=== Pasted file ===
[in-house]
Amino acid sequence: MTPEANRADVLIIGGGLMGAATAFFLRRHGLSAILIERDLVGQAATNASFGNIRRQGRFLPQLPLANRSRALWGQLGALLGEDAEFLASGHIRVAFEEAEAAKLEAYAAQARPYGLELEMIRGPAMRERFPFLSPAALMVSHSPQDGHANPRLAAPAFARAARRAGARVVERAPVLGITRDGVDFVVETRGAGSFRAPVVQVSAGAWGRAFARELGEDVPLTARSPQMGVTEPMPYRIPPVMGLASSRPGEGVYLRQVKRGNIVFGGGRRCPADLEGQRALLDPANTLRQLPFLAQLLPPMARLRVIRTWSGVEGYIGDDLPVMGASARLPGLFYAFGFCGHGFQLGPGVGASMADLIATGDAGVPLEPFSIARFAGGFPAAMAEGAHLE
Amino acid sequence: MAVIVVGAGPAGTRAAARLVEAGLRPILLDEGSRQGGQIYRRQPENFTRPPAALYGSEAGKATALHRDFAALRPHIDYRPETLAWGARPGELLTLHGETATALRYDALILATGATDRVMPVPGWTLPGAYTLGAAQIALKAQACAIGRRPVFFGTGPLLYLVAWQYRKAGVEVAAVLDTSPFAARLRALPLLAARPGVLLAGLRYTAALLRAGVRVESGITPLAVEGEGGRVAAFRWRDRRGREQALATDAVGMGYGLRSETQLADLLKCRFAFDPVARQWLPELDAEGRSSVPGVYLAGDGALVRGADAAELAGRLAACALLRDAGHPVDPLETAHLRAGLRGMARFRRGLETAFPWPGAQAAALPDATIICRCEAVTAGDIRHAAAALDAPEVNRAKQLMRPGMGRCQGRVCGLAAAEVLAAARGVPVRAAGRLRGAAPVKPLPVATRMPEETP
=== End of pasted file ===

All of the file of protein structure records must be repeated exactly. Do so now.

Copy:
[in-house]
Amino acid sequence: MTPEANRADVLIIGGGLMGAATAFFLRRHGLSAILIERDLVGQAATNASFGNIRRQGRFLPQLPLANRSRALWGQLGALLGEDAEFLASGHIRVAFEEAEAAKLEAYAAQARPYGLELEMIRGPAMRERFPFLSPAALMVSHSPQDGHANPRLAAPAFARAARRAGARVVERAPVLGITRDGVDFVVETRGAGSFRAPVVQVSAGAWGRAFARELGEDVPLTARSPQMGVTEPMPYRIPPVMGLASSRPGEGVYLRQVKRGNIVFGGGRRCPADLEGQRALLDPANTLRQLPFLAQLLPPMARLRVIRTWSGVEGYIGDDLPVMGASARLPGLFYAFGFCGHGFQLGPGVGASMADLIATGDAGVPLEPFSIARFAGGFPAAMAEGAHLE
Amino acid sequence: MAVIVVGAGPAGTRAAARLVEAGLRPILLDEGSRQGGQIYRRQPENFTRPPAALYGSEAGKATALHRDFAALRPHIDYRPETLAWGARPGELLTLHGETATALRYDALILATGATDRVMPVPGWTLPGAYTLGAAQIALKAQACAIGRRPVFFGTGPLLYLVAWQYRKAGVEVAAVLDTSPFAARLRALPLLAARPGVLLAGLRYTAALLRAGVRVESGITPLAVEGEGGRVAAFRWRDRRGREQALATDAVGMGYGLRSETQLADLLKCRFAFDPVARQWLPELDAEGRSSVPGVYLAGDGALVRGADAAELAGRLAACALLRDAGHPVDPLETAHLRAGLRGMARFRRGLETAFPWPGAQAAALPDATIICRCEAVTAGDIRHAAAALDAPEVNRAKQLMRPGMGRCQGRVCGLAAAEVLAAARGVPVRAAGRLRGAAPVKPLPVATRMPEETP